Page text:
It’s Saturday night and in about 15 minutes, I’m supposed to hop in a taxi headed for a swanky charity ball where everyone will be dressed to the hilt in their best formal attire. But instead of being in “Keys? Wallet? Phone?” mode, I am still on the other side of town, standing in my Calvins, staring at my closet.
Next to me is a huge pile of clothing that I have tried on, rolled my eyes at and torn off in fits of frustration. How could I have waited until the last minute when I’m attending an event where a well-planned outfit is positively de rigueur?
I try on my favorite Hermes suit before remembering that I wore it to this same affair last year. That’s out. I briefly consider my Ted Baker slim-cut magenta trousers with vintage powder-blue tuxedo shirt, but somehow I don’t think I’m feeling quite fabulous enough to pull that off. What about a nice, light seer-sucker? No, not right for an evening event. An Agnes B. gray suit with white shirt and blue tie? Not enough personality.
Time keeps on ticking, and I just keep finding myself back in my briefs. I’m momentarily distracted by a picture I have hanging in my bedroom. It’s of Marilyn Monroe in a black teddy and matching sheer dressing gown. She’s sitting in her boudoir in a deco-style club chair (upholstered in champagne velvet), eating chocolates with the very tips of her perfectly manicured nails. I’m jealous because she looks so put together, and she doesn’t even have to leave the house!
But I Have to Leave the House
I settle on Gucci loafers, plum slacks, a white linen shirt and a Trina Turk jacket (in a beautifully woven yellow and white jacquard). I manage to convince myself that it all looks rather dashing, but about halfway across town, panic sets in. People wear tuxedos to this event — am I going to be way too under-dressed?! What if I look like I should be in Palm Springs lunching with Bob Hope and Dinah Shore after a game of golf?
But I’m already running way too late, so I press on until I reach the hotel. The long escalator ride up to the ballroom gives me a chance to stare critically at myself in the mirrored wall, and I realize that I have become one of those people I loathe — the ones who show up to a well-planned and time-honored event wearing something completely inappropriate.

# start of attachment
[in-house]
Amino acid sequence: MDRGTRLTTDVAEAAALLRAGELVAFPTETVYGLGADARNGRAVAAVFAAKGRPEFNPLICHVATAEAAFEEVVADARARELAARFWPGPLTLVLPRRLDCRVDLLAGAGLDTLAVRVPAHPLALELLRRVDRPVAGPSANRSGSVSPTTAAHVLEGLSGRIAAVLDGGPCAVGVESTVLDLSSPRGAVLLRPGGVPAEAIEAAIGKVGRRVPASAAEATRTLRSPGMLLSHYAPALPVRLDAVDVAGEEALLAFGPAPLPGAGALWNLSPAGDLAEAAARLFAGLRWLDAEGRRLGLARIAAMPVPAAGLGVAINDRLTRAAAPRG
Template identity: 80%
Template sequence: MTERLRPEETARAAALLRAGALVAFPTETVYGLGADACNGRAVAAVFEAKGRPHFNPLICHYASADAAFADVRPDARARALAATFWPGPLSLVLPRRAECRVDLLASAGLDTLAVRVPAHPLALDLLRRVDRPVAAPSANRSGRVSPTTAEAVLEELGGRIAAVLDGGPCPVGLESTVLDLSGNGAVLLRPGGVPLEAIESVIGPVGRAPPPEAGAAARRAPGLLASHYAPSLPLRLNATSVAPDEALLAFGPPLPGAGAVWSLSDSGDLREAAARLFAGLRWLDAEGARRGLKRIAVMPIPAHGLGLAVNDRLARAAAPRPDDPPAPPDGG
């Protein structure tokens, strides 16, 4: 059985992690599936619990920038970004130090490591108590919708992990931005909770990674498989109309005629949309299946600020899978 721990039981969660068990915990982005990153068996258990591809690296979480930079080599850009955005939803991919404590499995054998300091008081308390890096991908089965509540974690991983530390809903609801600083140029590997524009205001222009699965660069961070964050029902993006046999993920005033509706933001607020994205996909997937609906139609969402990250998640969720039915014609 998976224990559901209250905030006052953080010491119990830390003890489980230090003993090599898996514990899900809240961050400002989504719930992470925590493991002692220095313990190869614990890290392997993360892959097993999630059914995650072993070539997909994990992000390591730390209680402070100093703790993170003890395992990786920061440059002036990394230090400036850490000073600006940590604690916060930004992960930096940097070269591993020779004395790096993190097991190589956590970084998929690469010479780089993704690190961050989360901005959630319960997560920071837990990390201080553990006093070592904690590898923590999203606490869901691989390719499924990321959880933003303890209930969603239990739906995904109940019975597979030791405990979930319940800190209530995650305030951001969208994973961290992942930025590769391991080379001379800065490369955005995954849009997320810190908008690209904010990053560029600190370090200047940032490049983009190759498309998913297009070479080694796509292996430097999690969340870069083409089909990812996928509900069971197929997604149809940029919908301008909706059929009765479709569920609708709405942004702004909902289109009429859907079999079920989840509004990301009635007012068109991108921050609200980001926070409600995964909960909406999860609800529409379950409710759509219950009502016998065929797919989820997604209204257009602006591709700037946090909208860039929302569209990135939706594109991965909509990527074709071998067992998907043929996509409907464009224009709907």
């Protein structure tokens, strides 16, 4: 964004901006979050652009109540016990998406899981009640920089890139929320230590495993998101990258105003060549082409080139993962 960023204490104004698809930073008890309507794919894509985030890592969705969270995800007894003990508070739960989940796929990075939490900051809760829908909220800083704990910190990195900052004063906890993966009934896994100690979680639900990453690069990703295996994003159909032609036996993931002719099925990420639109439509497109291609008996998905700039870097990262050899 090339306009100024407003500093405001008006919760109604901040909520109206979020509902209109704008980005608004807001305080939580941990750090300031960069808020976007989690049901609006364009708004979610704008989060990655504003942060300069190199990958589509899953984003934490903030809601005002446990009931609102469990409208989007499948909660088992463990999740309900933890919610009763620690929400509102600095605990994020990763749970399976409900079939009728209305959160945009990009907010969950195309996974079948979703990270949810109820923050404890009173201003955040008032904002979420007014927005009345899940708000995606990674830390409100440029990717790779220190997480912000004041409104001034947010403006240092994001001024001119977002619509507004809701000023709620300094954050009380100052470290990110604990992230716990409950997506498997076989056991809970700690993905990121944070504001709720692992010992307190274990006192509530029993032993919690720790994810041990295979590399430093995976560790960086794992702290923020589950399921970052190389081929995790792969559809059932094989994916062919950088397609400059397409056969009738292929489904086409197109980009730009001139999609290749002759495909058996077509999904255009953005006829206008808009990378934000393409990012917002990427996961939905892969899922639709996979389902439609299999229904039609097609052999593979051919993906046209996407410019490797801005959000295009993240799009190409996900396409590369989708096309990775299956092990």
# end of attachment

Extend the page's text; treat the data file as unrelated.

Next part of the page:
I sneak into the ballroom trying not to draw attention to myself. All around me are handsome men with their tanned, muscular necks framed by snug, white-wing collars and bowties, their shoulders clad in well-tailored jackets. I feel like I might as well grab a tray and start taking their drink orders.
As I begin to make my way around the party, I keep a wary eye out for anyone looking official enough to ask me to leave the event due to my non-adherence to the dress code. But then something strange happens: I hear perfect strangers whispering complimentary things about my ensemble as I pass. Partygoers strike up conversations with me by commenting on what I’m wearing. Men in impeccable tuxedos from the best fashion houses ask me where they can purchase their very own Trina Turk. A woman wearing hair too large to ever be successfully taken on public transportation thanks me for bringing a little sunshine to the evening.
Far from getting me ejected, the outfit becomes my signature, and soon I am flashing it all over the ballroom. Sure, I got the occasional sidelong glance from a purist who seemed steamed under his heavily starched collar that I wasn’t adhering to the letter of “black tie,” but what I discovered that night is that if you put some thought into what you’re wearing — if those colors, cuts and designers make you feel gorgeous — someone will appreciate it, whether you’re attending a ball, having lunch in Palm Springs… or even just staying at home and eating chocolates in your bedroom.
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Last modified: August 8, 2018